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Welding Helmet(12pcs)

(3 customer reviews)

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A welding helmet is a protective headgear worn by welders to shield their eyes, face, and neck from sparks, intense light, ultraviolet and infrared radiation generated during welding processes. Typically equipped with a protective lens, often auto-darkening, the helmet allows the welder to see the workpiece clearly during the non-welding phases and automatically darkens to protect the eyes when the welding arc is initiated. It plays a crucial role in ensuring the safety and well-being of welders by preventing eye injuries and minimizing exposure to harmful radiation.

1. Material: Polypropylene (PP)
2. DIN Standard Shade #11
3. In bulk packing(each with polybag)

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Welding Helmet uses 

  1. Eye Protection: Welding helmets are designed to protect the eyes from the intense light and harmful radiation produced during welding. The helmet’s lens, especially if it is auto-darkening, darkens instantly when the welding arc is struck, shielding the eyes from potentially damaging UV and infrared rays.
  2. Face and Neck Protection: In addition to eye protection, welding helmets also provide coverage for the face and neck, safeguarding these areas from sparks, molten metal, and other debris produced during welding.
  3. Arc Visibility: Welding helmets with a transparent protective lens allow the welder to have a clear view of the workpiece and the welding area when not actively welding. This visibility is essential for accurately positioning the welding torch and monitoring the work.
  4. Auto-Darkening Feature: Many modern welding helmets are equipped with auto-darkening technology. This feature automatically adjusts the lens shade darkness depending on the intensity of the welding arc. It enhances comfort and convenience for the welder, as there is no need to lift the helmet between welding passes.
  5. Respiratory Protection: Some welding helmets are integrated with respiratory protection systems, providing an additional layer of safety by filtering out harmful fumes and particles generated during the welding process.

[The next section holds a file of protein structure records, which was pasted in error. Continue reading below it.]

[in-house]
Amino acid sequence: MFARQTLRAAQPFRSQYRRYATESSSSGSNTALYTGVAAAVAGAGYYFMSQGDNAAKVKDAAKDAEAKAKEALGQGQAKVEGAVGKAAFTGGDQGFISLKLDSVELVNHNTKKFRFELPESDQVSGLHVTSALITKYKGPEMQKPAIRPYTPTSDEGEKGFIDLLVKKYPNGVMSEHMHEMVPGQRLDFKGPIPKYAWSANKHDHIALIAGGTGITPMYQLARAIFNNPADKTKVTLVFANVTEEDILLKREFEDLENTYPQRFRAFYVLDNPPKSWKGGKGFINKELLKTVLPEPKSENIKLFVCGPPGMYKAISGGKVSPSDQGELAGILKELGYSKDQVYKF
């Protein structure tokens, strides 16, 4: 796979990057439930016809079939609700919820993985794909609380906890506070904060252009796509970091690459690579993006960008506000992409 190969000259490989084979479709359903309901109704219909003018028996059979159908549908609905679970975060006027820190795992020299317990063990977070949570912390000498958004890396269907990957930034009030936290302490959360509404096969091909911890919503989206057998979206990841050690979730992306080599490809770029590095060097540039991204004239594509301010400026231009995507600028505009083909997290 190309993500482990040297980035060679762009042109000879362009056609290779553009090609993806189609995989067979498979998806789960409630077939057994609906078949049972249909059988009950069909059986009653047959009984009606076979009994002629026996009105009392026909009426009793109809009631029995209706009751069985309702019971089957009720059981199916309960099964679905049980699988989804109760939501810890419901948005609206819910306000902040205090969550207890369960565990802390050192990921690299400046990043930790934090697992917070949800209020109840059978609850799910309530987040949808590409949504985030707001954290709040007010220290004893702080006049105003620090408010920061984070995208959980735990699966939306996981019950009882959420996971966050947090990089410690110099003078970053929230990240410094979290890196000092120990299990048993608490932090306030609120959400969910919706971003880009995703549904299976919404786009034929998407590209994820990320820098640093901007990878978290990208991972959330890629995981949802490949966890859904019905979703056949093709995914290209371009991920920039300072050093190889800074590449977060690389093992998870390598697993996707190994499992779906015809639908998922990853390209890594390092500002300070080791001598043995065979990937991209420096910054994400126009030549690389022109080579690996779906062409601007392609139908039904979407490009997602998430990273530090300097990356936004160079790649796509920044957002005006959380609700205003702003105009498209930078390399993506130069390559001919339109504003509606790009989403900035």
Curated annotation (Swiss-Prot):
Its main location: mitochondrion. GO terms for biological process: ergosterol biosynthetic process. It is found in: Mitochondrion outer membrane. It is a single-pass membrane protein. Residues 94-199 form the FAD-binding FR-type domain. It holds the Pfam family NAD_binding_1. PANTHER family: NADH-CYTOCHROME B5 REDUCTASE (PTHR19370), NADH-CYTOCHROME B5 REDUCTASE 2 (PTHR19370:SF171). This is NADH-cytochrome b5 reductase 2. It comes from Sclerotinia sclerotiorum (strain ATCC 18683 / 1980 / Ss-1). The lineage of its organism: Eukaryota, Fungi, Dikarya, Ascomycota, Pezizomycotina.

6. Grinding and Cutting Applications: Welding helmets are often used not only for welding but also for other related processes such as grinding and cutting. The protection they offer is crucial in these activities where sparks and debris can pose hazards to the eyes and face.
  7. Welding in Various Environments: Welding helmets are versatile and can be used in various environments, including outdoor welding where exposure to sunlight and environmental elements can affect visibility and safety.
SKU: AHS18662 Category:

Safety measures and precautions

  1. Eye Protection: Ensure that the helmet’s lens is in good condition and provides adequate protection against ultraviolet (UV) and infrared (IR) radiation. Regularly check for cracks, scratches, or other damage that may compromise the effectiveness of the lens.
  2. Auto-Darkening Function: If your welding helmet has an auto-darkening feature, regularly inspect and test its functionality. Ensure that it darkens promptly when the welding arc is initiated and returns to a clear state during non-welding phases.
  3. Proper Fit: Ensure that the welding helmet fits securely on your head. A proper fit prevents the entry of sparks, debris, and harmful rays. Adjust the headgear for comfort and stability.
  4. Respiratory Protection: If welding in environments with fumes, gases, or particulate matter, use appropriate respiratory protection. Some welding helmets come with integrated respiratory systems, or you can use a separate respirator.
  5. Correct Lens Shade: Choose the correct lens shade for the specific welding process and materials being used. Refer to the welding helmet’s manual or industry guidelines for recommendations on the appropriate shade for each type of welding.
  6. Clean Lens: Keep the lens clean and free of spatter, debris, or any obstruction that may obstruct your vision. Clean the lens regularly according to the manufacturer’s recommendations.
  7. Welding Area Ventilation: Ensure adequate ventilation in the welding area to dissipate fumes and maintain a clean breathing environment. Use exhaust systems or natural ventilation when welding in enclosed spaces.
  8. Protective Clothing: Wear appropriate protective clothing, including flame-resistant clothing, gloves, and closed-toe shoes. This provides additional protection against burns, sparks, and molten metal.
  9. Welding Screen or Curtains: If working in a shared space, use welding screens or curtains to protect nearby individuals from harmful radiation and sparks.
  10. Training and Certification: Ensure that you have received proper training in welding techniques, safety procedures, and the use of personal protective equipment. Adhere to industry safety standards and regulations.
  11. Emergency Preparedness: Familiarize yourself with emergency procedures, including the location of firefighting equipment, first aid supplies, and emergency exits. Be prepared to respond to potential accidents or injuries.
  12. Regular Maintenance: Perform regular maintenance on your welding helmet, checking for any wear and tear. Replace damaged parts promptly, and follow the manufacturer’s maintenance guidelines.

Based on 3 reviews

4.7 overall
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  1. Asher

    Couldn’t be happier.

    Asher

  2. Susan James

    Reliable product, worth every penny.

    Susan James

  3. Britannia

    Quality product that won’t break the bank.

    Britannia